Wisteria – secondary flowering and other news

As you may remember my treasured Wisteria ‘Prolific’ was so badly hit by the minus 12°C winds this February that all the buds were destroyed and there were no flowers at all:  the white wisteria (being situated on the north east side of the terrace and its buds always forming later than the standard colour) did flower but was a small consolation as much of it had been removed to create the outside kitchen, flower room and entertaining room.

I was sure that there would be some secondary flowers as ‘Prolific’ usually produces masses of flowers during the summer but they are never as stunning when they are hiding in the foliage.

Wisteria ‘Prolific’

It seems that because so many buds were damaged the plants are going into over-drive to produce new stems and certainly more flowers at any one time than is usual.

Wisteria ‘Prolific’

Some of the flower buds are much longer than usual too; I can’t hazard a guess as to why this might be.

Cathy at Rambling in the Garden, asked me a while ago how the Tracelospermum jasminoides was growing around the Secret garden.

As I’ve shown before some of the plants were very badly hit by the cold weather – none are actually dead but some have mainly unsightly dead foliage over most of the branches.  Others next to them (sometimes even touching them) are perfect; full of shiny foliage and at the moment full of strongly perfumed white flowers.

Here are some views of the arches around the secret garden.

Arch entrance to the secret garden

Below from the other direction.

Part of the ‘wall’ of the secret garden

Soon there will be enough growth to train across the top of the ‘window’, giving glimpses into the colourful cut flower beds and out to the evergreen planting.

Do you have plants that have survived winter but with different growth or flowers than you would expect?


30 thoughts on “Wisteria – secondary flowering and other news

    • Plants are tougher than we give them credit; patience is a virtue in a gardener. Many people here pulled out plants or cut them back to the ground when if they’d waited the plant would have put on new growth everywhere.

  1. What a wonderful surprise from the Wisteria! My own Trachelospermum is equally glorious right now but then my plants don’t have to contend with a real winter. The drought rather than cold is the culprit for bloom and fruiting problems here but my Albizia (mimosa tree) has recently surprised me by leafing out at last, a good 3 months later than usual.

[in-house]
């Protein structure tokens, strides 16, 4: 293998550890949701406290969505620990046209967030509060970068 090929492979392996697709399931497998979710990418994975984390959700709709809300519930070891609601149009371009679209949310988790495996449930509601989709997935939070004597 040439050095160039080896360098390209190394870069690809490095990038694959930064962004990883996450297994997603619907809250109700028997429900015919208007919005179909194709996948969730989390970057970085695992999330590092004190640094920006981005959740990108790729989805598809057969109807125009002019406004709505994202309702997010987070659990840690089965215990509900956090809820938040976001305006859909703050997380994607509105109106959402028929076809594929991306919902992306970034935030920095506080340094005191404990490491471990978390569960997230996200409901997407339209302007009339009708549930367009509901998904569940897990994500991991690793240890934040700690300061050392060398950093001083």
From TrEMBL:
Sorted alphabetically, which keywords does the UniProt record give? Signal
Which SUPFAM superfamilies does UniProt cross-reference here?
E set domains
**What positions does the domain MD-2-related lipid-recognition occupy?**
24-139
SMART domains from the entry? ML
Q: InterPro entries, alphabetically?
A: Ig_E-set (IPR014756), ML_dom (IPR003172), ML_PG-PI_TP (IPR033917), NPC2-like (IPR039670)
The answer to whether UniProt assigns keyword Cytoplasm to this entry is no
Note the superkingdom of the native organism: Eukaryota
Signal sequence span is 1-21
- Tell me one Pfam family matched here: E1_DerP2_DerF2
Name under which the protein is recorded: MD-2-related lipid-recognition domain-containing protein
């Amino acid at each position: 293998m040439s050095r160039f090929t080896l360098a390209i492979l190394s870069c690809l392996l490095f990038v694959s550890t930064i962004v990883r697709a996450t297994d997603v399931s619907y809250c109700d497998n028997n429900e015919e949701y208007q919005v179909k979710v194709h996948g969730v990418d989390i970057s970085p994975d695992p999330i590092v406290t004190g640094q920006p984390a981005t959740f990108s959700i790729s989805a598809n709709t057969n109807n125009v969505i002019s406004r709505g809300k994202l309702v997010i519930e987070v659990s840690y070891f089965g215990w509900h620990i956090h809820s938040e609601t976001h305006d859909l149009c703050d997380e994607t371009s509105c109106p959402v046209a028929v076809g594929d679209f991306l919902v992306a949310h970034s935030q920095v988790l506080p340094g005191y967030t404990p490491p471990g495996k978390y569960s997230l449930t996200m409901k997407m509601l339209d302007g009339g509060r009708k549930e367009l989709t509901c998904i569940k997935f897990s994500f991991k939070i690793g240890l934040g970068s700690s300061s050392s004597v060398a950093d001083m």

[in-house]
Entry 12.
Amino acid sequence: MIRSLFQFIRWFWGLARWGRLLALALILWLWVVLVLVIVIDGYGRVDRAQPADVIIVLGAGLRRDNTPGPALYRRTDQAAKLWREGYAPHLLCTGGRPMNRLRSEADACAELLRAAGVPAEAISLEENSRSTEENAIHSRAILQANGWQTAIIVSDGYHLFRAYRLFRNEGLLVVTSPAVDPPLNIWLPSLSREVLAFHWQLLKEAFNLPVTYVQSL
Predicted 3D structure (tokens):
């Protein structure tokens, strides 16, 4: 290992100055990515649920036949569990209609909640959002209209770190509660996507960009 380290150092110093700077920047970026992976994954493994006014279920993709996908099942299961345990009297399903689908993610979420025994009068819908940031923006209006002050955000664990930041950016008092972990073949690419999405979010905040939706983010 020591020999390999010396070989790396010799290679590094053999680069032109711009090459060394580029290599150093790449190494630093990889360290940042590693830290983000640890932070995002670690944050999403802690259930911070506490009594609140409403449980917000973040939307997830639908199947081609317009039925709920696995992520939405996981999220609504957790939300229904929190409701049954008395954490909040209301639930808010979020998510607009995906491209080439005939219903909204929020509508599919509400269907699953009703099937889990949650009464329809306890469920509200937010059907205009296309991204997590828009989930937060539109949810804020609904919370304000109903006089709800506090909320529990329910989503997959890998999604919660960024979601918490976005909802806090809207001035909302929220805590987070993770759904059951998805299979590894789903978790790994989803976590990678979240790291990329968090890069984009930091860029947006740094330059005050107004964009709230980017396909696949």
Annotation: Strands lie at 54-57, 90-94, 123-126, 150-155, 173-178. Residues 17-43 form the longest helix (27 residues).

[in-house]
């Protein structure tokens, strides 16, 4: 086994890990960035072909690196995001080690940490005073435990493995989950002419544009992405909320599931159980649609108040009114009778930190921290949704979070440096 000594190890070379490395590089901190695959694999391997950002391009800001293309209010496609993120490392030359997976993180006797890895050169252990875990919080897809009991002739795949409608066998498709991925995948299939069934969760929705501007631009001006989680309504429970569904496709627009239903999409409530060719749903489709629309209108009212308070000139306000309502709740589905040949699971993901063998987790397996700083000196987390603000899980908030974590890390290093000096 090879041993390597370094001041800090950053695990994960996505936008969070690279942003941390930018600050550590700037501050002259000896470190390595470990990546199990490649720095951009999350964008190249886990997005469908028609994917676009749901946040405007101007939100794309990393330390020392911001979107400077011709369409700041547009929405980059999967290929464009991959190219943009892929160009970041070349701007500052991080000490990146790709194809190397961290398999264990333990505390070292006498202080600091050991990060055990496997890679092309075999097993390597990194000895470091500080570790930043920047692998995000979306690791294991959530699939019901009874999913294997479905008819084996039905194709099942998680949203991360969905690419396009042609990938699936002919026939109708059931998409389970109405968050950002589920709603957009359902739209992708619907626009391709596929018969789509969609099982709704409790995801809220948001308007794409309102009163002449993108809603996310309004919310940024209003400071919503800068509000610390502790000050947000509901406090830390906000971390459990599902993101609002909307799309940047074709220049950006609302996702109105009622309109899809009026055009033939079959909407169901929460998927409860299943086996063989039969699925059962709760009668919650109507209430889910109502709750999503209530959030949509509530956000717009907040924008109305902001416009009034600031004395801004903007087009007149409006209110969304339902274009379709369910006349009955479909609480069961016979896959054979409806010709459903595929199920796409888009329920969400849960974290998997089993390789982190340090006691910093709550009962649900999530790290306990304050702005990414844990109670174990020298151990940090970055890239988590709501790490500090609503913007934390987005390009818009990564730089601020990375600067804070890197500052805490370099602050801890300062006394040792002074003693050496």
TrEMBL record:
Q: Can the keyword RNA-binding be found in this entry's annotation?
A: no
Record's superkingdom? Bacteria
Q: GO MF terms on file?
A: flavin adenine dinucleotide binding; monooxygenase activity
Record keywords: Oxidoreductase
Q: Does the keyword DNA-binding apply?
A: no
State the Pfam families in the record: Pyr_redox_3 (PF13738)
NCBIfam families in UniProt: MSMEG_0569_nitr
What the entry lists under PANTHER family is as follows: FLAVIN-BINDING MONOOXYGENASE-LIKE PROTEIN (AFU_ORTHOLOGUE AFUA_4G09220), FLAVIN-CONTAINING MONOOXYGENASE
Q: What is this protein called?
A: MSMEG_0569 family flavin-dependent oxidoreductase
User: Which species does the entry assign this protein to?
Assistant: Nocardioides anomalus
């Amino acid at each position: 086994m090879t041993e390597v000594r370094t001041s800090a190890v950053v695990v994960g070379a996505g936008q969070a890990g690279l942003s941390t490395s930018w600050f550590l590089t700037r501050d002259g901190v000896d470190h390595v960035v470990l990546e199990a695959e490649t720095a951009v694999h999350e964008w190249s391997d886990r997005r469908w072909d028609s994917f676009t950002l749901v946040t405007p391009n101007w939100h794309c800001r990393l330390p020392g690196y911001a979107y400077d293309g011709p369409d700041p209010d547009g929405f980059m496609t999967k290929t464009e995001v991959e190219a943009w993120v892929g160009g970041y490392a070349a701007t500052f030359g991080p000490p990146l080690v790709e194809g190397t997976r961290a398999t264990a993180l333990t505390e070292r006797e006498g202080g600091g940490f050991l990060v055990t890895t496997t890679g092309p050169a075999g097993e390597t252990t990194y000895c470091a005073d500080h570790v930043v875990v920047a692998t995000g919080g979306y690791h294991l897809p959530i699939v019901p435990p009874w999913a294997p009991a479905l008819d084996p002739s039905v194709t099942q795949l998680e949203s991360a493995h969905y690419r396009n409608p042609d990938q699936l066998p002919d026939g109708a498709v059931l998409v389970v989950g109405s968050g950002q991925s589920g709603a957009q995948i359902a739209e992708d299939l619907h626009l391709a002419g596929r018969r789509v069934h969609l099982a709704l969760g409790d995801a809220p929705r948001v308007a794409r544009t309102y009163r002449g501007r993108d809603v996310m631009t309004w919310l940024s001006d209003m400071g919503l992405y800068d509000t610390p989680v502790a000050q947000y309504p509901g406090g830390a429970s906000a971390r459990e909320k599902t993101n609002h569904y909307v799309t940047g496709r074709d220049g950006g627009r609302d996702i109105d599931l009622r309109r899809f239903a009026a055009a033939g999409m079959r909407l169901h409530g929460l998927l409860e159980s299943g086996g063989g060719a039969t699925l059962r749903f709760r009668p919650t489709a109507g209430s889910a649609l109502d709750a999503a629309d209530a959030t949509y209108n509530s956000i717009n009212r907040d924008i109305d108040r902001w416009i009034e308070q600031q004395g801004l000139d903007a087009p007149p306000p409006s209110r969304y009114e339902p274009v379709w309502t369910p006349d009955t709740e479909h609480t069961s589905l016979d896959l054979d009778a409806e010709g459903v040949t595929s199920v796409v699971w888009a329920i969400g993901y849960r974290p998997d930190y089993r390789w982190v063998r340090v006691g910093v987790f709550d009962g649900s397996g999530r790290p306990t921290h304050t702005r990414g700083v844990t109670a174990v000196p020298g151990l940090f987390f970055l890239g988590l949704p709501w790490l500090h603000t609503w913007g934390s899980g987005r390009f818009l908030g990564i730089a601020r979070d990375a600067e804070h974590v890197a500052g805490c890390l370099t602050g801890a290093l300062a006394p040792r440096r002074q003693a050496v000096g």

• Good news about your Albizia, although I know you are a bit ambivalent about it. Only about three quarters of the Trachelospernum is flowering and looking good, I didn’t show the ones that look dead this time.

  2. Plants can be very resilient, much to our surprise. So long as they have a season to regain their footing, they can recover. It is repeated stresses over time that can put them over the edge. It certainly can be stressful for the gardener! These two look like they are working hard at recovery. The Trachelospermum looks vigorous.

  3. Your arches are divine! I have a rose which was a much deeper pink initially. It has righted itself now. We thought we’d lost two gigs, but they just started to come back from the dead!

  4. I have a similar problem to Kris. Although it can on occasion be severely cold here and frost has sometimes caused damage, it’s more drought that is a problem. Last summer I had many plants that performed well under par even though I watered them. I’m pleased that your wisteria has recovered. Star jasmine is something I grow here too, although the frost knocks it around.

    • Drought is also a problem here. The garden is totally different this year after a wet winter and spring. Even the Trachelospernum has flowered for longer his year.

  5. The Wisteria are recovering beautifully. As are the Jasmine, we call them Confederate Jasmine here, though I am not sure why. My Heliconias were damaged by cold and seem to be coming back now, summer heat,maybe?

      • Thank you Christina, that is useful to know. Maybe I can risk my 4 year old Melia outside this year. I grew it from a seed I found in Greece. I have never seen them growing in this country but if it got through your last winter alright maybe it is worth a chance.

        • I had a couple of small plants in pots that were seedlings found in the garden and they survived too. As long as they aren’t wet I think they are pretty tough. I don’t know if they need higher light levels to flower and fruit. Has yours flowered yet?

  6. Glad to hear your wisteria is making up for lost flowering time. It’s generally a mass of flowers here in Devon at present but we recently spent a few days in Sussex and the wild flowers, especially wild orchids, were very impressive.

  7. So glad you got some secondary flowers as consolation. It seems the plant itself was not damaged by the frost then. I lost a couple of plants to the very hard frosts we had at the end of March after such a mild winter – my golden buddleia seems to be completely dead and my Gaura has gone too. Your Trachelospermum looks lovely growing up the archways!

  8. What an intriguing response your wisteria had to the weather – the blooms may not have the same effect with all the leaves, but at least you know it is healthy and raring to go. And doesn’t your trachelospermum grow fast?! It will be wonderful to have the complete archways covered – the fragrance too! Will you cut out the dead stems?

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